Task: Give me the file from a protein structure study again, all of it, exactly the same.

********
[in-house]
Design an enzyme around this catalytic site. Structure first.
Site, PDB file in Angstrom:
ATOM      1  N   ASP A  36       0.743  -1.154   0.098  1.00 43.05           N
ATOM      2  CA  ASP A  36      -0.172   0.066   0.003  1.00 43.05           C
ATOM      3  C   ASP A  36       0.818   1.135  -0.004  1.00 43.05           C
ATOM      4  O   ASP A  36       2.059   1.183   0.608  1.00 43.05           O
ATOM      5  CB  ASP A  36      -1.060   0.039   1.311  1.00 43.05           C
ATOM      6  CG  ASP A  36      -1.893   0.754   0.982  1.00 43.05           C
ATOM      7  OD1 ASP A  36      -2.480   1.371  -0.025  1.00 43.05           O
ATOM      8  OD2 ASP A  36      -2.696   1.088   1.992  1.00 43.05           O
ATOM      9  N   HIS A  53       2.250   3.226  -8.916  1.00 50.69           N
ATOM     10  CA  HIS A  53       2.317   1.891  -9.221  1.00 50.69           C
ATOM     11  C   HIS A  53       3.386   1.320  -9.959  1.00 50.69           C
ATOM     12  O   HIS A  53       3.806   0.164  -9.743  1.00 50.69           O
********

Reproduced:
[in-house]
Design an enzyme around this catalytic site. Structure first.
Site, PDB file in Angstrom:
ATOM      1  N   ASP A  36       0.743  -1.154   0.098  1.00 43.05           N
ATOM      2  CA  ASP A  36      -0.172   0.066   0.003  1.00 43.05           C
ATOM      3  C   ASP A  36       0.818   1.135  -0.004  1.00 43.05           C
ATOM      4  O   ASP A  36       2.059   1.183   0.608  1.00 43.05           O
ATOM      5  CB  ASP A  36      -1.060   0.039   1.311  1.00 43.05           C
ATOM      6  CG  ASP A  36      -1.893   0.754   0.982  1.00 43.05           C
ATOM      7  OD1 ASP A  36      -2.480   1.371  -0.025  1.00 43.05           O
ATOM      8  OD2 ASP A  36      -2.696   1.088   1.992  1.00 43.05           O
ATOM      9  N   HIS A  53       2.250   3.226  -8.916  1.00 50.69           N
ATOM     10  CA  HIS A  53       2.317   1.891  -9.221  1.00 50.69           C
ATOM     11  C   HIS A  53       3.386   1.320  -9.959  1.00 50.69           C
ATOM     12  O   HIS A  53       3.806   0.164  -9.743  1.00 50.69           O